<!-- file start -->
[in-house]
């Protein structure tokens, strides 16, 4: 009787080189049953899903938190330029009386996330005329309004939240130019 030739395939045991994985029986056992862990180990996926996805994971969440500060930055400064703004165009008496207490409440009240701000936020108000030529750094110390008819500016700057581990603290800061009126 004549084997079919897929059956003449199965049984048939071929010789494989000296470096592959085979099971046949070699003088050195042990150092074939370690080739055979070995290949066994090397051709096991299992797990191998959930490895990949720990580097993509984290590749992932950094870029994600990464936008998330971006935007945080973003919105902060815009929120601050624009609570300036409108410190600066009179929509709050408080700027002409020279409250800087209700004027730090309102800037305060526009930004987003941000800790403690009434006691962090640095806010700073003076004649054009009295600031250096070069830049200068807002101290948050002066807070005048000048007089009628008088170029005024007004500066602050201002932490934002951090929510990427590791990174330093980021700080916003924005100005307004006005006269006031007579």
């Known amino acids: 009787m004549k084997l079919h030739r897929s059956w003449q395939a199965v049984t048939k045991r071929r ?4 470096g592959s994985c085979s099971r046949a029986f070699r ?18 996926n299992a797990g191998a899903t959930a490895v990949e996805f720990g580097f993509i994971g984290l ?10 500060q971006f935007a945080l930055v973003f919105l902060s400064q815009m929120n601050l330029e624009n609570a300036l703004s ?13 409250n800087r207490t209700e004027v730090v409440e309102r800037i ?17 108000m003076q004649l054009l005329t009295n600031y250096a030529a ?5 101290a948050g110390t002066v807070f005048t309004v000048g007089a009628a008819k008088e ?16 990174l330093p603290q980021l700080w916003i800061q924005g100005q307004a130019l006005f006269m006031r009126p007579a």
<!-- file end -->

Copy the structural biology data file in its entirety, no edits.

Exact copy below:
[in-house]
């Protein structure tokens, strides 16, 4: 009787080189049953899903938190330029009386996330005329309004939240130019 030739395939045991994985029986056992862990180990996926996805994971969440500060930055400064703004165009008496207490409440009240701000936020108000030529750094110390008819500016700057581990603290800061009126 004549084997079919897929059956003449199965049984048939071929010789494989000296470096592959085979099971046949070699003088050195042990150092074939370690080739055979070995290949066994090397051709096991299992797990191998959930490895990949720990580097993509984290590749992932950094870029994600990464936008998330971006935007945080973003919105902060815009929120601050624009609570300036409108410190600066009179929509709050408080700027002409020279409250800087209700004027730090309102800037305060526009930004987003941000800790403690009434006691962090640095806010700073003076004649054009009295600031250096070069830049200068807002101290948050002066807070005048000048007089009628008088170029005024007004500066602050201002932490934002951090929510990427590791990174330093980021700080916003924005100005307004006005006269006031007579």
């Known amino acids: 009787m004549k084997l079919h030739r897929s059956w003449q395939a199965v049984t048939k045991r071929r ?4 470096g592959s994985c085979s099971r046949a029986f070699r ?18 996926n299992a797990g191998a899903t959930a490895v990949e996805f720990g580097f993509i994971g984290l ?10 500060q971006f935007a945080l930055v973003f919105l902060s400064q815009m929120n601050l330029e624009n609570a300036l703004s ?13 409250n800087r207490t209700e004027v730090v409440e309102r800037i ?17 108000m003076q004649l054009l005329t009295n600031y250096a030529a ?5 101290a948050g110390t002066v807070f005048t309004v000048g007089a009628a008819k008088e ?16 990174l330093p603290q980021l700080w916003i800061q924005g100005q307004a130019l006005f006269m006031r009126p007579a």